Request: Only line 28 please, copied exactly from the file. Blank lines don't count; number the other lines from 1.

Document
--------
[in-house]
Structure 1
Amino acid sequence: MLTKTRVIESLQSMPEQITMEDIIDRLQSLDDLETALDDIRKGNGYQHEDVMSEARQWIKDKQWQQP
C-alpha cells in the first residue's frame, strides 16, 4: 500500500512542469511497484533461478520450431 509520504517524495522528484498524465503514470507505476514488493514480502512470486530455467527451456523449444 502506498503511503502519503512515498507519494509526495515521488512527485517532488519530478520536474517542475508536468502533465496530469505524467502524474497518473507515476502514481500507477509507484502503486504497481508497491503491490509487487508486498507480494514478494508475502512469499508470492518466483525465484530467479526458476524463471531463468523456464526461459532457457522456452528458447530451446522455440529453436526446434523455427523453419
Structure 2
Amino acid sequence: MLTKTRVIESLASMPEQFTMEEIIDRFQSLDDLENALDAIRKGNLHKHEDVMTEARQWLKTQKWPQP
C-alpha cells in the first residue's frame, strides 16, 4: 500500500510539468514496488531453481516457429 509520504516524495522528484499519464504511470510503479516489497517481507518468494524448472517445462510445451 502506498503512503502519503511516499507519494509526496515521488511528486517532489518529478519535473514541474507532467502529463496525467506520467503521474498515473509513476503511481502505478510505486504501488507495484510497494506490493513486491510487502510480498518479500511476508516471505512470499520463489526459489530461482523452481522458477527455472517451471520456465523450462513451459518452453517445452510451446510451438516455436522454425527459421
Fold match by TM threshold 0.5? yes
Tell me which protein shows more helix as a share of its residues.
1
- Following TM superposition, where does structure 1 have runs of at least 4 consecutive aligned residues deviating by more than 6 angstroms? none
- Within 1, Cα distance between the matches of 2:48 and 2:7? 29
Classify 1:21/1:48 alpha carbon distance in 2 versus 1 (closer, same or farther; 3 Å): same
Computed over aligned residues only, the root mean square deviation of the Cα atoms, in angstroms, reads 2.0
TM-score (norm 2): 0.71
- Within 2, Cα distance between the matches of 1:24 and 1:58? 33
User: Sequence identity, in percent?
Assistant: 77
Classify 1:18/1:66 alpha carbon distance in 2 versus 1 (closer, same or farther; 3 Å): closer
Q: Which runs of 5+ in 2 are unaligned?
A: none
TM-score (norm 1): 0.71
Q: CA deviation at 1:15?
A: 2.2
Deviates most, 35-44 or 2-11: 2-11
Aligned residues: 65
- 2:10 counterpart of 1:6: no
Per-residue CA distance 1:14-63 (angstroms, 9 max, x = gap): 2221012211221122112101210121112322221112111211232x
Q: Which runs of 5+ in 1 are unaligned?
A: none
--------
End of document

Per-residue CA distance 1:14-63 (angstroms, 9 max, x = gap): 2221012211221122112101210121112322221112111211232x